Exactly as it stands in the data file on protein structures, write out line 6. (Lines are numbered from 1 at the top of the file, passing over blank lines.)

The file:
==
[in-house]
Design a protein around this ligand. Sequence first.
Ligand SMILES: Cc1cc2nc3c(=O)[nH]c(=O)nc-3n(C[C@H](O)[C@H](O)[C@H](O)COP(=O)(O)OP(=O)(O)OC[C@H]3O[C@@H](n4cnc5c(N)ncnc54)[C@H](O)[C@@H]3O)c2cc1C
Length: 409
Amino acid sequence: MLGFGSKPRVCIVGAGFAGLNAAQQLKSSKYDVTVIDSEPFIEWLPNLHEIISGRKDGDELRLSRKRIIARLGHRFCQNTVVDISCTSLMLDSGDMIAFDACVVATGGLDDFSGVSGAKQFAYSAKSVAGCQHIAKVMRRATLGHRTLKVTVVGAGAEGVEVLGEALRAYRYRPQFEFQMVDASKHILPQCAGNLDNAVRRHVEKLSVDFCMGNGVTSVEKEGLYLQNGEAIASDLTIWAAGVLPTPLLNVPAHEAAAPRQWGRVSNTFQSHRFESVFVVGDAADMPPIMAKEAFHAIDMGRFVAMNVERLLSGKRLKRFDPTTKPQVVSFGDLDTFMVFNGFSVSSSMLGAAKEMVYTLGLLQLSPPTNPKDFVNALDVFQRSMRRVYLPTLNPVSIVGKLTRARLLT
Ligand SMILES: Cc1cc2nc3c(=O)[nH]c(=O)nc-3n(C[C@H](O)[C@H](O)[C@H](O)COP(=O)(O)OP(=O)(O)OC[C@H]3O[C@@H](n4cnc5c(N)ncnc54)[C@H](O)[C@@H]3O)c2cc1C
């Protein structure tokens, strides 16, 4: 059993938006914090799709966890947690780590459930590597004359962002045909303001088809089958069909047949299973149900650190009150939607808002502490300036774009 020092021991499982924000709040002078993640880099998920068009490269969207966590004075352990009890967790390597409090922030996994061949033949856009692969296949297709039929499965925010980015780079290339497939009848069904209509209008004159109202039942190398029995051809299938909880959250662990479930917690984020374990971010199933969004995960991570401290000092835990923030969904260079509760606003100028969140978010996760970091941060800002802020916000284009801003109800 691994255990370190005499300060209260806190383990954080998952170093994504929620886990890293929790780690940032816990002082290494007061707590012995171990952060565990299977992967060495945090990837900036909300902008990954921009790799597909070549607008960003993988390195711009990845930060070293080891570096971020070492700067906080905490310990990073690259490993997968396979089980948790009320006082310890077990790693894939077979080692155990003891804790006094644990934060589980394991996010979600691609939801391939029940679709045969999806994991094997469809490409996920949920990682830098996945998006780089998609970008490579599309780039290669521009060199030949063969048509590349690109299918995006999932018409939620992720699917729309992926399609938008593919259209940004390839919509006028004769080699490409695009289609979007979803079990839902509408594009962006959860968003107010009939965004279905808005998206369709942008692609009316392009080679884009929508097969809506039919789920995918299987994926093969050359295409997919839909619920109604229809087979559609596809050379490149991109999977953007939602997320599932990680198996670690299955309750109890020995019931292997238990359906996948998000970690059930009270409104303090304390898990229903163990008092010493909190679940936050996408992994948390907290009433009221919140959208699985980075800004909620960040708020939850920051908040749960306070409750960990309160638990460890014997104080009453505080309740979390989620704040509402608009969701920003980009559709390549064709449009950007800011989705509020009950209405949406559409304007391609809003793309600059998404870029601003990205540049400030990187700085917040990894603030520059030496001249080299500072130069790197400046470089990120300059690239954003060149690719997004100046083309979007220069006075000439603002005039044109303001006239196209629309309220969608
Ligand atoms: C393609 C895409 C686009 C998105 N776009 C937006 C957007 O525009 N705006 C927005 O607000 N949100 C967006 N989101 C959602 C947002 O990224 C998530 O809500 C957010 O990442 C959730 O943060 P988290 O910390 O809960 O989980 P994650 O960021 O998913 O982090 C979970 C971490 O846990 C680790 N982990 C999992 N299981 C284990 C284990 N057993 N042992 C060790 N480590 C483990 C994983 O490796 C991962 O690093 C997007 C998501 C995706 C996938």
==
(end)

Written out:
Ligand SMILES: Cc1cc2nc3c(=O)[nH]c(=O)nc-3n(C[C@H](O)[C@H](O)[C@H](O)COP(=O)(O)OP(=O)(O)OC[C@H]3O[C@@H](n4cnc5c(N)ncnc54)[C@H](O)[C@@H]3O)c2cc1C